When GPSs first went on sale to an expectant outdoor market, many commentators were gleefully signalling the demise of traditional map and compass skills on the hill. Wild claims were made by manufacturers and early adopters alike which were vigorously rebutted by the traditionalists. Since then the units have dropped dramatically in price whilst the range of functions they offer have increased. Some units can now display proper mapping for example, and with the ability to link your GPS to your computer's mapping software, you could be easily persuaded that these siren calls have been proved right - traditional navigation has died. However don't write the obituary yet. Having good map and compass skills is essential for getting the best out of your GPS and as an essential back-up if the unit fails.
Alongside the rapid development of the GPS has come the ready availability of digital mapping software and other technological gizmos to tempt the techie walker. In this practical guide to navigating with a GPS, navigation expert Pete Hawkins explains how to get the best from your GPS. He breaks down the jargon into understandable English and takes you through GPS navigation in a clear and structured way. He also recognizes that strong traditional navigational skills are the basis for effective GPS navigation, and gives a potted summary of how to navigate with a map and compass. He also takes a look at digital mapping and how that can benefit the outdoor user and how GPSs and mapping software can be used positively together.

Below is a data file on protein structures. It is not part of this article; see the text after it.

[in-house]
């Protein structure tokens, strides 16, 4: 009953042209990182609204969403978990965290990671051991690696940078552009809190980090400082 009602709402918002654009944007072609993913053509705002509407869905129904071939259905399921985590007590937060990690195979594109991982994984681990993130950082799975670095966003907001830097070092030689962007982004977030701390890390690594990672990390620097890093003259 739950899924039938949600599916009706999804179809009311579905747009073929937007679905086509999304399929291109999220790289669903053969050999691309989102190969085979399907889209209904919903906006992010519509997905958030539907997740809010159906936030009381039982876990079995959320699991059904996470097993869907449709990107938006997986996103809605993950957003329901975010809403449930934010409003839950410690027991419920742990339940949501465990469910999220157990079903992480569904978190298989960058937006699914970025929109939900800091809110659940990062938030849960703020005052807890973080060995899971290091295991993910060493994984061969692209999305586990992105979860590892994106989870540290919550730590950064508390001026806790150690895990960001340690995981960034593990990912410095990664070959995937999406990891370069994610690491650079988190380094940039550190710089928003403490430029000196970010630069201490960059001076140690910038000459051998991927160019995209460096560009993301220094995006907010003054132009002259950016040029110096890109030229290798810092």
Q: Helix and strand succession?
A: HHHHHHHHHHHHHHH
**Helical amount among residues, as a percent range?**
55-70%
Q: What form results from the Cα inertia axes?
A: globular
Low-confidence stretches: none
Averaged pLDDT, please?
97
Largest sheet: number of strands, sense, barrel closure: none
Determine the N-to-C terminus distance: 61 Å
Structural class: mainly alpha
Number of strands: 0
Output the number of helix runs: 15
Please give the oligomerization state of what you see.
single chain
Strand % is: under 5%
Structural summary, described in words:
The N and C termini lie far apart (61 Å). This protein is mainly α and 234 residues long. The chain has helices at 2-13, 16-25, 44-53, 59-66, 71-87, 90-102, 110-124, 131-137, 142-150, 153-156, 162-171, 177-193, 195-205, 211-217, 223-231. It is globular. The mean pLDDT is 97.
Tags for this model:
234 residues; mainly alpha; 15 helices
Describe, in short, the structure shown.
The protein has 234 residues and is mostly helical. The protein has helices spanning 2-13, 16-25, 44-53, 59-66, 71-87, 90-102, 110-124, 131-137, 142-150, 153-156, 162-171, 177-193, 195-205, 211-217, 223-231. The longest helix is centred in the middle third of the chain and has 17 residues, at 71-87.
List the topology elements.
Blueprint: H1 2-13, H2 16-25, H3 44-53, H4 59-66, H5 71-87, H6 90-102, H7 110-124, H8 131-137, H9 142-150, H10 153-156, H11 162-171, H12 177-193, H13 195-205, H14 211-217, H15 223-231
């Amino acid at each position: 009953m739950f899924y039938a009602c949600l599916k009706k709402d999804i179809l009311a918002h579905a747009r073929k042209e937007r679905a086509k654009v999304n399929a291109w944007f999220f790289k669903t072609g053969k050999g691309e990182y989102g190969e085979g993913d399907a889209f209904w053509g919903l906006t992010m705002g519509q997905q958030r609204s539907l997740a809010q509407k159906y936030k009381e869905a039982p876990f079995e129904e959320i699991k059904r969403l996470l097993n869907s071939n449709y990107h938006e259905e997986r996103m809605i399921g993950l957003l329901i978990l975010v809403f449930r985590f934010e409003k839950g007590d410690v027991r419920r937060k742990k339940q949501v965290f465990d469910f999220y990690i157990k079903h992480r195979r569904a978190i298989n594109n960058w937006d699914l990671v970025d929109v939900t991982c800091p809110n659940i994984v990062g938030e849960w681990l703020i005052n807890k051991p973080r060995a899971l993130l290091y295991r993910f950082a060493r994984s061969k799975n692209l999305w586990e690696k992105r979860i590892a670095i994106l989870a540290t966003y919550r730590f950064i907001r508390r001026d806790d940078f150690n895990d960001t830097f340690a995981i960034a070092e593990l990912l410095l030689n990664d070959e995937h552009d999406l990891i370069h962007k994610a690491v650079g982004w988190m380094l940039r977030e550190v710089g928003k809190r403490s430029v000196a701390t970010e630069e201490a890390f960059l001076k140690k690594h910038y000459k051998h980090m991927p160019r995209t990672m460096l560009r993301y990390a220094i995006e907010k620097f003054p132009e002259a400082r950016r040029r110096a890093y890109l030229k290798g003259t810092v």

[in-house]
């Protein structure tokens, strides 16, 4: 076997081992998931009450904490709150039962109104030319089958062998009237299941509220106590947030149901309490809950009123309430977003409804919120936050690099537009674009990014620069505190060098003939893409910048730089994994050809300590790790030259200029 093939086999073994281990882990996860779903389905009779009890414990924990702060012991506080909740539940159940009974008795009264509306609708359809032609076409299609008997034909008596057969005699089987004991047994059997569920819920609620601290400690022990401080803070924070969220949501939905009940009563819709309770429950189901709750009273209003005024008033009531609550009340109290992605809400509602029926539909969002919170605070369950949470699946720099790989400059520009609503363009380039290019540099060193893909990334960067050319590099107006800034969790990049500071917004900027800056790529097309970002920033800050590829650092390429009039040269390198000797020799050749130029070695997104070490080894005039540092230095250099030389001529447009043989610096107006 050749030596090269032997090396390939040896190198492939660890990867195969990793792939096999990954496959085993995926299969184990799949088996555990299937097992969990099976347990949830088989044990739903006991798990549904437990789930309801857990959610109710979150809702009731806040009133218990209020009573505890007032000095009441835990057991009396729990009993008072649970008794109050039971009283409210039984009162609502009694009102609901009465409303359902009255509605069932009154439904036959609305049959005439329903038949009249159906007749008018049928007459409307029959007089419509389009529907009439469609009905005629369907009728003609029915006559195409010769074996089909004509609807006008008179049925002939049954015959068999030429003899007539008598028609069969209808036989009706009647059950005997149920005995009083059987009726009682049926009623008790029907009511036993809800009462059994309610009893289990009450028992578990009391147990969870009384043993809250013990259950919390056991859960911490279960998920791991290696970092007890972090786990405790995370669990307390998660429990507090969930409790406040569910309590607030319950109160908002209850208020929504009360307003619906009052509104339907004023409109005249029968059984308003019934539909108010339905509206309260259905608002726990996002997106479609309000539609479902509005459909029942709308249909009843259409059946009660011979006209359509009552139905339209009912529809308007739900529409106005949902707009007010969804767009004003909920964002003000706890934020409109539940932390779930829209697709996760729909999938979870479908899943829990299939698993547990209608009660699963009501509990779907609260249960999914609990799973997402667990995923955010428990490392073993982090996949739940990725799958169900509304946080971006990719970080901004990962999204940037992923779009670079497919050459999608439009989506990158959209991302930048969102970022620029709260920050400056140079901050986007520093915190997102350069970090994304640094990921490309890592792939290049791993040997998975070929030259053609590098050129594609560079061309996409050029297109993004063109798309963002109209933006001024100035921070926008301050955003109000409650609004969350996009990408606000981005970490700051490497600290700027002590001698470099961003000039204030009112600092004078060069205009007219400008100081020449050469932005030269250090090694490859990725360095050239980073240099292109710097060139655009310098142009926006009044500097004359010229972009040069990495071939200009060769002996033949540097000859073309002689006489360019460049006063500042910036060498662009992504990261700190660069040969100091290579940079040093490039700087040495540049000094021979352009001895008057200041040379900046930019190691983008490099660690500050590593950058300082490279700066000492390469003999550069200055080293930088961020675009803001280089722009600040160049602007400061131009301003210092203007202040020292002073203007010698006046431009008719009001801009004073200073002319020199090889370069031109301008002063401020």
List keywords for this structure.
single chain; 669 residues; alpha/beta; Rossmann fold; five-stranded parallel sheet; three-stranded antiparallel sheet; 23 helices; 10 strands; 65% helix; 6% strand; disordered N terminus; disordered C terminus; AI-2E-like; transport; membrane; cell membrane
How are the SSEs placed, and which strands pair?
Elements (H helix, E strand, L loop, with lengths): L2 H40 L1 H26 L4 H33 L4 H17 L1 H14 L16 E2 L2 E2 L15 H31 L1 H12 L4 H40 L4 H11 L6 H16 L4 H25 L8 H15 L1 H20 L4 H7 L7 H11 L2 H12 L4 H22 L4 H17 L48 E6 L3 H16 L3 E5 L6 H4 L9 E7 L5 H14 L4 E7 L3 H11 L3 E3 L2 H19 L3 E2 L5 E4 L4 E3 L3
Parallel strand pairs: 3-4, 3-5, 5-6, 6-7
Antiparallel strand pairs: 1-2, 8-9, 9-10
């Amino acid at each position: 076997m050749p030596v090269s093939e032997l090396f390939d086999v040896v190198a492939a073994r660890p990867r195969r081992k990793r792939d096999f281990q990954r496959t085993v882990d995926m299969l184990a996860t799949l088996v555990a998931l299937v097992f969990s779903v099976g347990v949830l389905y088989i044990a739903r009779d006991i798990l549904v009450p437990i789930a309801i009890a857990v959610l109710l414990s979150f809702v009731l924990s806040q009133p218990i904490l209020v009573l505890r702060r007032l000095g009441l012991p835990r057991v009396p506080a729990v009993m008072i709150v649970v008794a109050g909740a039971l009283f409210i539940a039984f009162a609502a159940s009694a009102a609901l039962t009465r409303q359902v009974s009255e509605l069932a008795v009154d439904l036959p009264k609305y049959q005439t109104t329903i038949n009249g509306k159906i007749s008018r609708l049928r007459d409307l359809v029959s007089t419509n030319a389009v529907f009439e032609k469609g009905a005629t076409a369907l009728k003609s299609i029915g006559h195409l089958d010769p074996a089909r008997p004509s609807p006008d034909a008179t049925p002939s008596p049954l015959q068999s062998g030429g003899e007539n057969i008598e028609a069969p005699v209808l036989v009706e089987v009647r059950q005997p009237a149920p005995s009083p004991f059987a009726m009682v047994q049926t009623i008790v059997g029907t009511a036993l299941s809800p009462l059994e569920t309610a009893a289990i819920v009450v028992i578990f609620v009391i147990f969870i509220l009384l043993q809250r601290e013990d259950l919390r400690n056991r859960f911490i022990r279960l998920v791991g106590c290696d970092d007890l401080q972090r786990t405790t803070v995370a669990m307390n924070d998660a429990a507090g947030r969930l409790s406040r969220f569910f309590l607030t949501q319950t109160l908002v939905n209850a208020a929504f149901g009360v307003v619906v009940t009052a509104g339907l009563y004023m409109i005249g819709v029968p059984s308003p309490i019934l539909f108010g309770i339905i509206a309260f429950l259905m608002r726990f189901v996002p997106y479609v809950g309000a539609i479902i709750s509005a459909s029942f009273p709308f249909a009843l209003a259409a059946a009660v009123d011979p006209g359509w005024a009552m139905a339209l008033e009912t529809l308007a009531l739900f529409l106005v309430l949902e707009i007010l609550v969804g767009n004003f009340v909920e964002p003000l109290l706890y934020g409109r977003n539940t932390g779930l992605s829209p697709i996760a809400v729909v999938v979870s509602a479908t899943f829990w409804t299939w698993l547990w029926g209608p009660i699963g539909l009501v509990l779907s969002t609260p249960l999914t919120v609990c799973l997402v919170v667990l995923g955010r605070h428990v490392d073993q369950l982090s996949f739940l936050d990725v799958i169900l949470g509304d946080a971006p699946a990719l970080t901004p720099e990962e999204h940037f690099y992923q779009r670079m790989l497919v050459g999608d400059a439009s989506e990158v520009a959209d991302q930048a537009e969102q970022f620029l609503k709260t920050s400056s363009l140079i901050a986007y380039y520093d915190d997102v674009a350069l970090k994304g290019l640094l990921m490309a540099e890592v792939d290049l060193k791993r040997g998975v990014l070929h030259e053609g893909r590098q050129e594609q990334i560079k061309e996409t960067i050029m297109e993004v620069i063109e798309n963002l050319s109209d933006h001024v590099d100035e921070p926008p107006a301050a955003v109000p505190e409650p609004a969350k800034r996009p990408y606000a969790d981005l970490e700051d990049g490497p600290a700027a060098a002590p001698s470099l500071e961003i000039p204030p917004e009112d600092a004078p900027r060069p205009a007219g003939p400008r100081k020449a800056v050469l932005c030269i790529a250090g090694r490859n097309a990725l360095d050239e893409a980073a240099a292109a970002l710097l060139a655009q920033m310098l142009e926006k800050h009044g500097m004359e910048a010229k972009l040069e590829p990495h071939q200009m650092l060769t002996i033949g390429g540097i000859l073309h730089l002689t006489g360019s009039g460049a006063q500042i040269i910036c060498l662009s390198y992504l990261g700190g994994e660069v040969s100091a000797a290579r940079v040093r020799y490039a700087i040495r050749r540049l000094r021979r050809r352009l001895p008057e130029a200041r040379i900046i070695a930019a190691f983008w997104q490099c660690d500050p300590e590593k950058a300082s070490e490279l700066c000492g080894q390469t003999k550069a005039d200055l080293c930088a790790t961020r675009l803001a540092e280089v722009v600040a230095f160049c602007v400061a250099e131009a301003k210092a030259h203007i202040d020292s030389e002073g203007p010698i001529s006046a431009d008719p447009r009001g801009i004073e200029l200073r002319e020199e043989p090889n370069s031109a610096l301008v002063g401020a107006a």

Soft plastic cover 107 pages. (2008) approx. 155mm X 100mm.